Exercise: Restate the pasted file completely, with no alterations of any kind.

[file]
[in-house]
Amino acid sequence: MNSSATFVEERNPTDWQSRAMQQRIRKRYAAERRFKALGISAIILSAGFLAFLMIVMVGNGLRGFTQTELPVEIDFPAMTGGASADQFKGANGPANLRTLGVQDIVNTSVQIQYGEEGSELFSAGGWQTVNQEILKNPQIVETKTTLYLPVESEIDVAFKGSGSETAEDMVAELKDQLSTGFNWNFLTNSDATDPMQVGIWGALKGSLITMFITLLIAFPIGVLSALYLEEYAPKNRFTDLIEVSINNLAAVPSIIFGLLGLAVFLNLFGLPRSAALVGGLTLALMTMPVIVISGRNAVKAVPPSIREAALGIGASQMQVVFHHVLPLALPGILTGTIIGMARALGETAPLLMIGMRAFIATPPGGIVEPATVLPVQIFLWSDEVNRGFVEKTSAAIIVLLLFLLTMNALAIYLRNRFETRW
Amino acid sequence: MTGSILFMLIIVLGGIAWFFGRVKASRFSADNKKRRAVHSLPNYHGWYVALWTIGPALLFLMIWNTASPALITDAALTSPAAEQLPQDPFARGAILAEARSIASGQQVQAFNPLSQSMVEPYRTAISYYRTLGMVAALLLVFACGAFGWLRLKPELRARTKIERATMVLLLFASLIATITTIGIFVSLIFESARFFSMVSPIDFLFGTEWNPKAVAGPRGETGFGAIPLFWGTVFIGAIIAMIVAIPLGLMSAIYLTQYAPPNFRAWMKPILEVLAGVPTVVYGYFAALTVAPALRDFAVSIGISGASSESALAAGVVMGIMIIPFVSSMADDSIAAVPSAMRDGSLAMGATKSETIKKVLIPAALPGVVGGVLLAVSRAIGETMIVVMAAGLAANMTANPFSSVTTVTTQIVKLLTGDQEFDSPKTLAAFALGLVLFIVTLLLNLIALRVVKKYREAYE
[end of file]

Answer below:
[in-house]
Amino acid sequence: MNSSATFVEERNPTDWQSRAMQQRIRKRYAAERRFKALGISAIILSAGFLAFLMIVMVGNGLRGFTQTELPVEIDFPAMTGGASADQFKGANGPANLRTLGVQDIVNTSVQIQYGEEGSELFSAGGWQTVNQEILKNPQIVETKTTLYLPVESEIDVAFKGSGSETAEDMVAELKDQLSTGFNWNFLTNSDATDPMQVGIWGALKGSLITMFITLLIAFPIGVLSALYLEEYAPKNRFTDLIEVSINNLAAVPSIIFGLLGLAVFLNLFGLPRSAALVGGLTLALMTMPVIVISGRNAVKAVPPSIREAALGIGASQMQVVFHHVLPLALPGILTGTIIGMARALGETAPLLMIGMRAFIATPPGGIVEPATVLPVQIFLWSDEVNRGFVEKTSAAIIVLLLFLLTMNALAIYLRNRFETRW
Amino acid sequence: MTGSILFMLIIVLGGIAWFFGRVKASRFSADNKKRRAVHSLPNYHGWYVALWTIGPALLFLMIWNTASPALITDAALTSPAAEQLPQDPFARGAILAEARSIASGQQVQAFNPLSQSMVEPYRTAISYYRTLGMVAALLLVFACGAFGWLRLKPELRARTKIERATMVLLLFASLIATITTIGIFVSLIFESARFFSMVSPIDFLFGTEWNPKAVAGPRGETGFGAIPLFWGTVFIGAIIAMIVAIPLGLMSAIYLTQYAPPNFRAWMKPILEVLAGVPTVVYGYFAALTVAPALRDFAVSIGISGASSESALAAGVVMGIMIIPFVSSMADDSIAAVPSAMRDGSLAMGATKSETIKKVLIPAALPGVVGGVLLAVSRAIGETMIVVMAAGLAANMTANPFSSVTTVTTQIVKLLTGDQEFDSPKTLAAFALGLVLFIVTLLLNLIALRVVKKYREAYE